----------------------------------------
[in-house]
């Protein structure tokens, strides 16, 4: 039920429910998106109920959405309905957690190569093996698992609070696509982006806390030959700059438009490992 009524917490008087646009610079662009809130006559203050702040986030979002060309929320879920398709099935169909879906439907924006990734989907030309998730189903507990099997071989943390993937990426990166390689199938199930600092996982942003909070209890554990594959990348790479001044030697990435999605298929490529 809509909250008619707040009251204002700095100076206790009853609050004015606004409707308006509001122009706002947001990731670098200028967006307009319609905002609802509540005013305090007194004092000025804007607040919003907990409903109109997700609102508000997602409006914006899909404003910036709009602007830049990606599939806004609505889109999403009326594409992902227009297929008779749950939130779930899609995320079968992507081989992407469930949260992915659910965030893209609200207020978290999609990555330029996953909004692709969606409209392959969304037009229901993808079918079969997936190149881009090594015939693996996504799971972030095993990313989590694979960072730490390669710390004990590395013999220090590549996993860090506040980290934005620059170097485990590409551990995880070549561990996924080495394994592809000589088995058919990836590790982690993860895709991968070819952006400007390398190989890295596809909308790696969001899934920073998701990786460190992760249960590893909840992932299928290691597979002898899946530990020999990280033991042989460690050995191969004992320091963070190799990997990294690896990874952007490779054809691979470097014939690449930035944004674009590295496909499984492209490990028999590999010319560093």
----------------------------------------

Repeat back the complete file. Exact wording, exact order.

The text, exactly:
[in-house]
């Protein structure tokens, strides 16, 4: 039920429910998106109920959405309905957690190569093996698992609070696509982006806390030959700059438009490992 009524917490008087646009610079662009809130006559203050702040986030979002060309929320879920398709099935169909879906439907924006990734989907030309998730189903507990099997071989943390993937990426990166390689199938199930600092996982942003909070209890554990594959990348790479001044030697990435999605298929490529 809509909250008619707040009251204002700095100076206790009853609050004015606004409707308006509001122009706002947001990731670098200028967006307009319609905002609802509540005013305090007194004092000025804007607040919003907990409903109109997700609102508000997602409006914006899909404003910036709009602007830049990606599939806004609505889109999403009326594409992902227009297929008779749950939130779930899609995320079968992507081989992407469930949260992915659910965030893209609200207020978290999609990555330029996953909004692709969606409209392959969304037009229901993808079918079969997936190149881009090594015939693996996504799971972030095993990313989590694979960072730490390669710390004990590395013999220090590549996993860090506040980290934005620059170097485990590409551990995880070549561990996924080495394994592809000589088995058919990836590790982690993860895709991968070819952006400007390398190989890295596809909308790696969001899934920073998701990786460190992760249960590893909840992932299928290691597979002898899946530990020999990280033991042989460690050995191969004992320091963070190799990997990294690896990874952007490779054809691979470097014939690449930035944004674009590295496909499984492209490990028999590999010319560093």